Any man entering public life should have been prepared to take the bitter with the sweet. For 85 percent of the time, the person occupying the Mayor's chair would find the duties both enjoyable and satisfying; for the remaining 15 percent of the time, he might wish one of his tormentors had the job. He could be pardoned for trying now and then to get away from the telephone, away from interviews, away from the thousands of employees who believe their salaries are too small, away from the committee meetings which make him think that Hell can be no worse than a committee meeting unbroken through eternity.

Of those people seeking interviews, many hoped to obtain work with the city and opened by telling how they worked and voted for the Mayor's election and, now, needed help. When it was explained that the city had an orderly procedure for the receipt of job applications and elected officials should not become involved in hiring and firing, the reaction was always the same; it was a good rule and one to be followed in all other cases but, in this instance, the Mayor should recognize special circumstances and issue an order for hiring.

Some of those who came seeking help were professionals in looking for work without ever accepting it. Men suffering from hangover and needing money for the next drink were drawn to the Mayor's office like rabbits to a cabbage patch. The elected official was not at City Hall very long until he recognized his "steady customers."

The very first caller after becoming Mayor was a middleaged man with a professional approach, wanting permission to use the Mayor's taxi credit card. When asked what he meant he explained how he had obtained a hundred votes for the Mayor on one street and because he didn't drive a car, he thought he might be permitted to call taxis when he became weary and charge them to the Mayor's account. He admitted he had not worked for years and the Mayor admitted that he had no "taxi credit card."

If only it were possible to provide work and contributions to meet every request without raising taxes, administration would be simplified greatly. It would make city administration so much easier if jobs could be assigned to remove the nuisance of the persistent seekers or if every organization considered worthy by its officers could be given a generous cash grant without having the total effect charged to the taxpayers.

When things go wrong-and there is nothing more certain than civic crises now and then-the Mayor will be the first to be blamed. He is the one who must explain; editors will devote a great deal of their time and space to him; he will be the sniper's delight.

Certainly, the Mayor had visits from people bearing nothing but cheer and good will and some of the other callers seeking his ear were good people, simply frustrated by misfortune and deserving of help. And in some instances, humor mingled with tragedy. There were the two young people calling at the Mayor's office on Thursday, the day before Christmas, 1964. She was a local girl and he, with four days leave of absence from his work, had come by air from Vancouver. Their plan was to get married on the following Monday, December 28, but difficulties unanticipated had appeared. According to law, they needed a licence three days in advance of marriage and because Christmas fell on Friday and the regular Boxing Day would have been on Saturday, all Provincial Government offices were observing a Thursday holiday. The issuer of marriage licences would not open until Monday noon and the prospective groom had to be back at work on Tuesday, or run the risk of losing his job.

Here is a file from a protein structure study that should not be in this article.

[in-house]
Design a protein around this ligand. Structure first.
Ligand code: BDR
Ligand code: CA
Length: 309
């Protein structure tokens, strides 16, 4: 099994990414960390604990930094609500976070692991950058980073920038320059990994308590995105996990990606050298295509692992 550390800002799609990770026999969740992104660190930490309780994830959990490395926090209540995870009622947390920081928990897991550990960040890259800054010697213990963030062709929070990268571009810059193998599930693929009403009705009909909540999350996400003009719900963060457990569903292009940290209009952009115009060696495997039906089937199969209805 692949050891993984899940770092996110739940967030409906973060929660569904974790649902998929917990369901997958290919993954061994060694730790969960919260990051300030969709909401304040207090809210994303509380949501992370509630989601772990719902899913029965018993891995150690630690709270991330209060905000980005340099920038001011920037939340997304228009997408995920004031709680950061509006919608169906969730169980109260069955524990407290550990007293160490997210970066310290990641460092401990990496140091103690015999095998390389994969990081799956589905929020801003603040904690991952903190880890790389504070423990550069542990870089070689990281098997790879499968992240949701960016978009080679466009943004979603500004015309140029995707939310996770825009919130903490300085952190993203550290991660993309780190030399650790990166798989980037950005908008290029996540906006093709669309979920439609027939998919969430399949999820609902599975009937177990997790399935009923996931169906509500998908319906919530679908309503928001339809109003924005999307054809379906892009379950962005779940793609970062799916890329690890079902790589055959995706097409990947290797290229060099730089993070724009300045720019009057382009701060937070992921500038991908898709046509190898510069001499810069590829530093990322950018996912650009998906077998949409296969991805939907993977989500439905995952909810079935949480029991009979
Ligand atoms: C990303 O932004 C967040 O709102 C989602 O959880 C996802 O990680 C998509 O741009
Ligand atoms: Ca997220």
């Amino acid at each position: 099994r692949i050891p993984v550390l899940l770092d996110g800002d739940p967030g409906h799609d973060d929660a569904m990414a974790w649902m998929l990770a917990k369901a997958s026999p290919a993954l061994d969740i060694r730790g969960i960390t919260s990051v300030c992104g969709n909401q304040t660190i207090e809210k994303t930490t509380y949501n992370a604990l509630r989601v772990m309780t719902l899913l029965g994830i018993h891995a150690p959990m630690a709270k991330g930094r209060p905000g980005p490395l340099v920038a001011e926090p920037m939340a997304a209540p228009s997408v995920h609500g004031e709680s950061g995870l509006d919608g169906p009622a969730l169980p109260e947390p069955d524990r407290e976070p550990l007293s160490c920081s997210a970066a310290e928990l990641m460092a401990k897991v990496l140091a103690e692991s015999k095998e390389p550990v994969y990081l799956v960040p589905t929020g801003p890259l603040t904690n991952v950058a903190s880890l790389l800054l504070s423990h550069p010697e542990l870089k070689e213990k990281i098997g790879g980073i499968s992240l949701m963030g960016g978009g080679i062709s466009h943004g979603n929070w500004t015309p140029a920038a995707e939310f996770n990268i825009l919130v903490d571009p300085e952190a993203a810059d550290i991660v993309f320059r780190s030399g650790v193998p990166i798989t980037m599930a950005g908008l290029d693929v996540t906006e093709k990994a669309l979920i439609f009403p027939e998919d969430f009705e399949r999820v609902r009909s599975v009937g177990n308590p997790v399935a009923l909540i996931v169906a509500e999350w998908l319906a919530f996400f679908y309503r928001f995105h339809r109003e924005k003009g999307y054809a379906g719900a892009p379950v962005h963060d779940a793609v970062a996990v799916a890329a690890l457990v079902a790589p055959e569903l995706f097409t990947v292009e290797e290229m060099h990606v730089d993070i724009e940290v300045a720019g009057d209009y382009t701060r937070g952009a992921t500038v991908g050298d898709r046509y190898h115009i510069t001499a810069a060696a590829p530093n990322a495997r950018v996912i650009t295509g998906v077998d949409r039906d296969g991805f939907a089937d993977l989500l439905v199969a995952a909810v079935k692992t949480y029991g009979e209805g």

"Can't you as Mayor do something, please?" the little lady said pleadingly and the tears in her eyes told of the urgency. The Mayor would have done anything in his power, gladly, but there was nothing he could do to relieve the disappointment, nothing except to suggest they try the marrying parson with a "Licence Applied For" note and see how it would be received. The two young things never returned to report.

To have filled the position of Mayor satisfactorily, arising early enough to get all essential work done and remaining at night to discharge all social demands, an incumbent needed the constitution of a superman. There have been Mayors who accepted all the social calls and had no time for city business, just as there were those who saved the taxpayers many thousands of dollars by attending to business and had little time for public appearances. People raised on pioneer Canadian farms recognized three kinds of equine mares, brood mares, show mares and work mares. But there was no reason why a show mare could not do a reasonable amount of heavy work. The best mare on the farm vvas the reliable worker which when washed and dressed in show harness, could enter the ring and present an impressive performance.